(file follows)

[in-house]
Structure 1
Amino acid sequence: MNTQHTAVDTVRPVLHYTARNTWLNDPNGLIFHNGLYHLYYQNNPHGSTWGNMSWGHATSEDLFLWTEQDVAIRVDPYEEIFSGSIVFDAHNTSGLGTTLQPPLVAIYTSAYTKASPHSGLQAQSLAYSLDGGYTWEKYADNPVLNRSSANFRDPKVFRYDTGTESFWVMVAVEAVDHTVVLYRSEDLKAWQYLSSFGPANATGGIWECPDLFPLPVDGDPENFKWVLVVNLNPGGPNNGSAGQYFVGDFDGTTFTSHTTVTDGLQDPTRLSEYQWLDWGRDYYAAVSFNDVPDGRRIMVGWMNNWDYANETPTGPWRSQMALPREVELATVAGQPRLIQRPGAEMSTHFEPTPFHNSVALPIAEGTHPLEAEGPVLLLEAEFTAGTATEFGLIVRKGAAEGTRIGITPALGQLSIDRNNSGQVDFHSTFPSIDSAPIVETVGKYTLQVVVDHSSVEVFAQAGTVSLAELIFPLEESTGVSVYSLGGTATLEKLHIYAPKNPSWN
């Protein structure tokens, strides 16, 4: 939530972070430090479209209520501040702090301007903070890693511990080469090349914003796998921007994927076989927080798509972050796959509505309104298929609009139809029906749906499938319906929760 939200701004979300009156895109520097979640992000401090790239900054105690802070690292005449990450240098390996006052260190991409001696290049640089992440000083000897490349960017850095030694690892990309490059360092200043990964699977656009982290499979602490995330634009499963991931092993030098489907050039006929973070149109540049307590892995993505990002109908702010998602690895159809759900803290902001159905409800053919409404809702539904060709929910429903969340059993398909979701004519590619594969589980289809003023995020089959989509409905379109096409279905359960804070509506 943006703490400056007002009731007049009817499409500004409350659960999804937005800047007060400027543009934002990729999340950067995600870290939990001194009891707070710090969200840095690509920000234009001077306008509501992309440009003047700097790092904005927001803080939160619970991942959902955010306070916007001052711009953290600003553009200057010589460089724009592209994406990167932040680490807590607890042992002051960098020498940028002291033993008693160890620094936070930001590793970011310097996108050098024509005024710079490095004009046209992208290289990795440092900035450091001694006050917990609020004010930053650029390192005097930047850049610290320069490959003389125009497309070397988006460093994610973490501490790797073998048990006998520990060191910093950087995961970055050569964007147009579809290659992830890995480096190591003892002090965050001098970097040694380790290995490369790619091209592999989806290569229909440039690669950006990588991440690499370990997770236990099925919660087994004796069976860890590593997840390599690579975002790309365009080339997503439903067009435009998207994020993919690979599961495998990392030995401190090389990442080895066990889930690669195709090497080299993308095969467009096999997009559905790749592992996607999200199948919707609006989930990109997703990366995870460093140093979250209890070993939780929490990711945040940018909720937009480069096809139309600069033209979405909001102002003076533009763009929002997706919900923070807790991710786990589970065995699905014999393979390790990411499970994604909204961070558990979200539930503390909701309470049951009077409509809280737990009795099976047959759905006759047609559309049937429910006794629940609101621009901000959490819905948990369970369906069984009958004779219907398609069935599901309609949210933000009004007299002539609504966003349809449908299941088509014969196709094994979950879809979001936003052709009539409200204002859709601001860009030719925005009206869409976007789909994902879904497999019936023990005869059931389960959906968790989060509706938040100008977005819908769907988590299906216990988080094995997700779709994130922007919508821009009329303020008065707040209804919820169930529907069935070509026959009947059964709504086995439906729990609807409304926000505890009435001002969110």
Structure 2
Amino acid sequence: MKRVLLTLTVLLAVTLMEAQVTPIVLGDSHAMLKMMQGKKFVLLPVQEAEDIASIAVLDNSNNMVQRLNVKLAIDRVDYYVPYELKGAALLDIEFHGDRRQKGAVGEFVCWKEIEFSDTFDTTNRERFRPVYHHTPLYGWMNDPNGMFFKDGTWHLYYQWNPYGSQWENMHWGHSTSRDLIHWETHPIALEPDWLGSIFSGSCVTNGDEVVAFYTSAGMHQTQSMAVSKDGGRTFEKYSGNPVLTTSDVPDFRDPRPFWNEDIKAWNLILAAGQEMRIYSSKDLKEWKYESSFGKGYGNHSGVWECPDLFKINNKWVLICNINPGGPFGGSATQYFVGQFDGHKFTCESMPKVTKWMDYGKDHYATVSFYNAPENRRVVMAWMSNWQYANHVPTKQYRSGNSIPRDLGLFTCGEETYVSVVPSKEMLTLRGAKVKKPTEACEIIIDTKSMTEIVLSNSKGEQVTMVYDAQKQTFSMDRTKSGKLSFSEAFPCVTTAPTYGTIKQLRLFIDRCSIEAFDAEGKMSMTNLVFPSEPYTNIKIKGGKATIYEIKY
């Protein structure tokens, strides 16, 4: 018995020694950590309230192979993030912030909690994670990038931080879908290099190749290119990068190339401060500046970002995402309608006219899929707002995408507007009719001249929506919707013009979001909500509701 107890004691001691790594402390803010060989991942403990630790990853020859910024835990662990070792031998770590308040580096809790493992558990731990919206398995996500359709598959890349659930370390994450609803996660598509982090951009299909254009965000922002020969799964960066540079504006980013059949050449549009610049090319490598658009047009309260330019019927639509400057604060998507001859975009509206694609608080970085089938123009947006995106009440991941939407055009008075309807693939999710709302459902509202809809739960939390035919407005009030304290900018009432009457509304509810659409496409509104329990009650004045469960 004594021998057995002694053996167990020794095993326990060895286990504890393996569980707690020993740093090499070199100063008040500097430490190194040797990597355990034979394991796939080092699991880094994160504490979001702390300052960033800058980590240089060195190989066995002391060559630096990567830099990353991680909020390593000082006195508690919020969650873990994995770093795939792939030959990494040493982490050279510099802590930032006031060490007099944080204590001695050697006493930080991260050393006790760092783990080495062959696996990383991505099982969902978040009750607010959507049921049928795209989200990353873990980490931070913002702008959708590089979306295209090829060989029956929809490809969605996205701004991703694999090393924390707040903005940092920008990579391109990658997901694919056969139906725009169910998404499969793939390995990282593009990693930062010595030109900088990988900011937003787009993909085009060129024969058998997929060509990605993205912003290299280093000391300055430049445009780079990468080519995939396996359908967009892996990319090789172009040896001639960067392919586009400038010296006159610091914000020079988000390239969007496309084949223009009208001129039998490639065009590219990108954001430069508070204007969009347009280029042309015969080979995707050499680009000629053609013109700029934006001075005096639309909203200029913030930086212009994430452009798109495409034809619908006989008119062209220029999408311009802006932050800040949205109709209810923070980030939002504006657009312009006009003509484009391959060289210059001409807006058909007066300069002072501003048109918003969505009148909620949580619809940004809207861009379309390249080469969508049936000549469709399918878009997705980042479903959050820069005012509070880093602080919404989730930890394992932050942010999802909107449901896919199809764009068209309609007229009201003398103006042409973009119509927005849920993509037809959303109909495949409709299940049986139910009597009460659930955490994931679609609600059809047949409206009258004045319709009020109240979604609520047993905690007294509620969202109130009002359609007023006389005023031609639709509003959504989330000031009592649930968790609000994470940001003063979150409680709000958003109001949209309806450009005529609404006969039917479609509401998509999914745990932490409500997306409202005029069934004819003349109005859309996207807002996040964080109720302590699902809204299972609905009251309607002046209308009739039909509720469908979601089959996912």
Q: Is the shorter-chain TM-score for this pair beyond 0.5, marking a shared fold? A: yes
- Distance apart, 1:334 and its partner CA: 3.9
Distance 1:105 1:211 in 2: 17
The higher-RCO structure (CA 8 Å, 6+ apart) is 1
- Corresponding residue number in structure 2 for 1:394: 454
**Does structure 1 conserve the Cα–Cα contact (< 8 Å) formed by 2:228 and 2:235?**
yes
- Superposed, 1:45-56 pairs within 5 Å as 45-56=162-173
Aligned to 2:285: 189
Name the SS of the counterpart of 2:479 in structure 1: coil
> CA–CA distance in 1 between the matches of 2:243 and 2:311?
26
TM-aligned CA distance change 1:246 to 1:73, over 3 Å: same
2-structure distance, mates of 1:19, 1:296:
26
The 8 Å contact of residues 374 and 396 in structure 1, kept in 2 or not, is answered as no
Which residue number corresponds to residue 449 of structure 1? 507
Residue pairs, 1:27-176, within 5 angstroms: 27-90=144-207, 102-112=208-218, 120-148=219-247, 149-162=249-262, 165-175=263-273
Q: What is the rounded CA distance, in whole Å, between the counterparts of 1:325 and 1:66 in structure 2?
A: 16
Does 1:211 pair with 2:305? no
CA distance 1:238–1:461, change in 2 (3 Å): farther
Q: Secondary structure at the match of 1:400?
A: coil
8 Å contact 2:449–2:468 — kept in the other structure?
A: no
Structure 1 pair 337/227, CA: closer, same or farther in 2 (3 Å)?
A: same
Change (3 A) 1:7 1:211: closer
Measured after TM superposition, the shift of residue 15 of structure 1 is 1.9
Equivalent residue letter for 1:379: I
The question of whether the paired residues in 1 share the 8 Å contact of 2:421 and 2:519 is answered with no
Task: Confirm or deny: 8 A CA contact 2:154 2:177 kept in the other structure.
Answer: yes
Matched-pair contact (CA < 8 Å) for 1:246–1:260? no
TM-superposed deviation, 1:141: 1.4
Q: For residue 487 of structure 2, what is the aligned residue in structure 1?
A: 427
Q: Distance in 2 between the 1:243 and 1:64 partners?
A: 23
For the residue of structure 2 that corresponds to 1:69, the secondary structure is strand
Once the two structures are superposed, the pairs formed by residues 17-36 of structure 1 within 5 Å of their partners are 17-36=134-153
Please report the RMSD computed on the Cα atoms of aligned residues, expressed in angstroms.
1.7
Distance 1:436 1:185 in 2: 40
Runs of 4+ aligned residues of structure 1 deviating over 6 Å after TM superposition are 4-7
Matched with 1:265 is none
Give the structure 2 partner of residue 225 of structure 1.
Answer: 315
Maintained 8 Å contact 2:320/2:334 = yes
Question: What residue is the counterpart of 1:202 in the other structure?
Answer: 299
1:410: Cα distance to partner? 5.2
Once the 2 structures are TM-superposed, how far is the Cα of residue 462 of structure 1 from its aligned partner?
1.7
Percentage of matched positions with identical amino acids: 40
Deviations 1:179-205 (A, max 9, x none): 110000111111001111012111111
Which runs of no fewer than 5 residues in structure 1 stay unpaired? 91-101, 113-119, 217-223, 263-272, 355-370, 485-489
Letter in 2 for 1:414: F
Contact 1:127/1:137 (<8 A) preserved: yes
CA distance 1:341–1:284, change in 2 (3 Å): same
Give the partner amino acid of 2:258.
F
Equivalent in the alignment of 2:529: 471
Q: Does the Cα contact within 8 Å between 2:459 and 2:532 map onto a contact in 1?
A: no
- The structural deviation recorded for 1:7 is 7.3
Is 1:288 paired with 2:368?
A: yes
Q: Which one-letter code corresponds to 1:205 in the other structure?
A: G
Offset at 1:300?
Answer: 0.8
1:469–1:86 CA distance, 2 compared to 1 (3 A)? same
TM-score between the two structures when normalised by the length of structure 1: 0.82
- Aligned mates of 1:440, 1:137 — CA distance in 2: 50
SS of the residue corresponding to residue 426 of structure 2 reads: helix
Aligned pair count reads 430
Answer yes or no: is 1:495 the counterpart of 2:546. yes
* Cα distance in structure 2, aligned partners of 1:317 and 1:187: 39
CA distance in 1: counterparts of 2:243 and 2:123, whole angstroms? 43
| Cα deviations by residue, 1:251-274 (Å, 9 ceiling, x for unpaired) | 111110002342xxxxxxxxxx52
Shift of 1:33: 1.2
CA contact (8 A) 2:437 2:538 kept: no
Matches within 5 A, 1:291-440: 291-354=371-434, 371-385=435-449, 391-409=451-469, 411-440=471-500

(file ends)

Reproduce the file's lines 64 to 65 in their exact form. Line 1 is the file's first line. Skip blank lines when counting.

Deviations 1:179-205 (A, max 9, x none): 110000111111001111012111111
Which runs of no fewer than 5 residues in structure 1 stay unpaired? 91-101, 113-119, 217-223, 263-272, 355-370, 485-489